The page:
Punch Brothers: Gunning for Transcendence


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By Dennis Cook

The Punch Brothers are currently out on their Spring 2011 tour. They play tonight (3/9) at the Aladdin Theatre in Portland, OR and then a three-night run at Alyeska Resort in Alaska (3/10-3/12). Full tour dates are here.

Usually, evolution is not something that can be willed into being. It's a process of interacting with the environment, DNA and other factors outside one's control. However, from time to time, we encounter an entity that seems to grow and thrive anew powered mainly by some internal source, a surge strong enough to effect things in real time and not on evolution's traditional slow march. Together only about four years, Punch Brothers have leapt from strength to strength, a band capable of top-end bluegrass, credible Radiohead covers, Bach recitals and considerably more. There seems to be no ceiling on their potential or any boundary they won't cheerfully transgress in their forward motion.

If they aren't simply the best small acoustic music ensemble today, they are definitely the most ambitious. While a maintaining a healthy respect for tradition, Punch Brothers don't play to expectations of any kind. Anyone expecting something akin to Nickel Creek because of Chris Thile's presence are destined for disappointment. While his silvery mandolin and clear, powerful lead vocals remain, they ring out in wholly new ways befitting the gnarlier compositional bent in Punch Brothers. Joined by Chris Eldridge (guitar, vocals), Gabe Witcher (fiddle, vocals), Noam Pikelny (banjo, vocals) and Paul Kowert (who replaces original bassist Greg Garrison), Thile charges into unknown territory with Punch Brothers, who seem endlessly up for anything and everything, taking their instruments WAY far away from the bluegrass scene they all cut their chops in. Today, the band has much more in common with sonic iconoclasts like Akron/Family, Subtle, Nels Cline and Tom Waits than any string outfit with similar instrumentation. The road they walk is theirs alone, and as such, a touch rocky but always endlessly rewarding for listeners seeking something beyond the norm. With Punch Brothers, unpredictability is a charm not a detriment.

We had the great pleasure of pinning down guitarist Chris Eldridge to discuss what makes the Punch Brothers tick.

JamBase: The Punch Brothers are carving out their own language. You don't fit neatly into any genre or category. You can play the bluegrass circuit but you're not a bluegrass band. Your songs have pop elements but you're sure not typical radio fare. In short, you folks are unique.

Chris Eldridge: We are, but I wouldn't say that's the goal. That's more a result of the fact that we all love all kinds of different things. We all grew up with lots of different kinds of music. Bluegrass is good as an instrumentalist because it prepares you a lot. It's just incredibly technical music, so we're lucky that we all grew up in that tradition AND we have good hands that can do other things. These days, just as listeners, it's not that we're tired of bluegrass but there's a lot of other things we find rewarding. Our music is just a result of us trying to draw out the elements of all the musics we really love. And in Thile we have someone who is just so fearless and gung-ho. He's like Christopher Columbus. The rest of us are, too, but to have him pushing so hard is great. Hopefully what comes out is the product of all these things we love.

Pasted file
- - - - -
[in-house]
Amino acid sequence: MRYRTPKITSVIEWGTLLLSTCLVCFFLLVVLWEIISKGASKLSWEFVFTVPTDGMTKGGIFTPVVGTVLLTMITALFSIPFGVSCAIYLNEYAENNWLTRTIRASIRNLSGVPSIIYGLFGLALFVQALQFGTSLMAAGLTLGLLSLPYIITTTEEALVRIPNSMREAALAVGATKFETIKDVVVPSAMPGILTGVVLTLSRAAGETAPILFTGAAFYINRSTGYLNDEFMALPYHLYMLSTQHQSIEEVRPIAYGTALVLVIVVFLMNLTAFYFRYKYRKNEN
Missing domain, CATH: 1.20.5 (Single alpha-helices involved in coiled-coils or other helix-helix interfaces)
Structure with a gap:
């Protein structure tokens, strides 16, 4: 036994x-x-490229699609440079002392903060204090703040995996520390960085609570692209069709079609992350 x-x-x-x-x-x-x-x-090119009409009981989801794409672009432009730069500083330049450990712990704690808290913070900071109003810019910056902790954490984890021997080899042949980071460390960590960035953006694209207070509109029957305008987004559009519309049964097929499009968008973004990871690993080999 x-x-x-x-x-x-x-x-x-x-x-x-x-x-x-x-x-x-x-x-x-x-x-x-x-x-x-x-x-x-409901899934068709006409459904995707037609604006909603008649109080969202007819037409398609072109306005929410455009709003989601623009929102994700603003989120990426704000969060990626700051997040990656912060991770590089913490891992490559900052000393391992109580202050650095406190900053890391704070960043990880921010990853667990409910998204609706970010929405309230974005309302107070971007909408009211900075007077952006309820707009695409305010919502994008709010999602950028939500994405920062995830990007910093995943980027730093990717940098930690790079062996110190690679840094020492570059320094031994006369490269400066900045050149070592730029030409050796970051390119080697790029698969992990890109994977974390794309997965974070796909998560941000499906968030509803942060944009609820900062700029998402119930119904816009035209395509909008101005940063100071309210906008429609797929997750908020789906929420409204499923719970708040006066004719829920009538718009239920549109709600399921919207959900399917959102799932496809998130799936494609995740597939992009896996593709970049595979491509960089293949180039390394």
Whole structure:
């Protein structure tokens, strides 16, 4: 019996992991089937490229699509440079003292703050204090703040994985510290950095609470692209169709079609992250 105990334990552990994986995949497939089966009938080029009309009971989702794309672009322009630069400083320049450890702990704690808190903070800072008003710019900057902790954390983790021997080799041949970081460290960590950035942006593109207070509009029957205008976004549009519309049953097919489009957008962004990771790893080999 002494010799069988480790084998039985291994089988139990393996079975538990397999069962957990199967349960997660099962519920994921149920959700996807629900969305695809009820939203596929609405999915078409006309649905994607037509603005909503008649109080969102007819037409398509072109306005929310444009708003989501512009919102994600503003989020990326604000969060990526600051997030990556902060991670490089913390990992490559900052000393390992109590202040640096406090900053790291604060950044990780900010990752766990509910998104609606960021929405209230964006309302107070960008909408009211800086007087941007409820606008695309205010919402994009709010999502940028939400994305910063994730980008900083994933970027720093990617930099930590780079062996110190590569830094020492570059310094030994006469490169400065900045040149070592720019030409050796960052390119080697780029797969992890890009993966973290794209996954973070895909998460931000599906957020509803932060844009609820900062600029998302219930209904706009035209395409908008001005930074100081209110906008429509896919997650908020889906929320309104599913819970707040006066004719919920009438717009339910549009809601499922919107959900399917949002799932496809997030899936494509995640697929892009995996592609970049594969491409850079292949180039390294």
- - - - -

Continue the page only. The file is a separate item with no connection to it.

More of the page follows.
JamBase: I often think of Thile as an instigator. He's a great catalyst to other musicians, moving them into spaces they've never been before, testing their limits.

Chris Eldridge: Totally, totally! He's utterly fearless. The other thing about him that's incredible is how he believes ANYTHING is possible. There's no sense of impossibility for him, and that spirit is the catalyst for other musicians.

One of the first things he said to me when Punch Brothers solidified was how he no longer felt anything was impossible, and what you're saying confirms that feeling has continued. Standing next to someone like that has to be empowering, and thus far this band has shown no real limits or barriers to anything you've set your minds to.

Well, we work really hard. For me personally, I've never been in a situation where I worked this hard. Growing up I really viewed music seriously, but I also grew up with the Seldom Scene. Their whole thing is so loose and the music is great and fulfilling but nothing about it was super disciplined. The singing was beautiful and the playing was fantastic but it was ever super disciplined. One of the exciting things about getting into [Punch Brothers] was getting to playing with Noam and Thile and at the time, Greg, and now Paul. It was great to have to work my ass off [laughs]. I'd only ever gotten to that place in a self-directed way, say when I heard Tony Rice's music and had to learn it. So, the band itself is very inspiring as a source in and of itself.

Discipline is not a small part of this. The pieces you're writing and playing could easily send musicians skidding off into the dirt if you're not tight in the corners together. Some of the twists and turns of your debut, Punch (2008), are mind-boggling, some of the most complex acoustic music to come along in 20 years. You can't approach that lightly.

Right, and with �Blind� [i.e. the four-movement suite at the center of Punch titled �The Blind Leaving the Blind�] we started working on it a couple of years before the record came out. It was in Thile writing that piece of music that resulted in us coming together and discovering each other. We realized what the possibilities could be in the process of realizing this music. Playing �Blind� right out of the chute was really rewarding and made us feel part of something really special. It was great to be one of the guys to play this ambitious music that no one had really written before for a full ensemble of these instruments.

You were able to accomplish this massive, difficult thing, and that frees you up to do almost anything afterwards.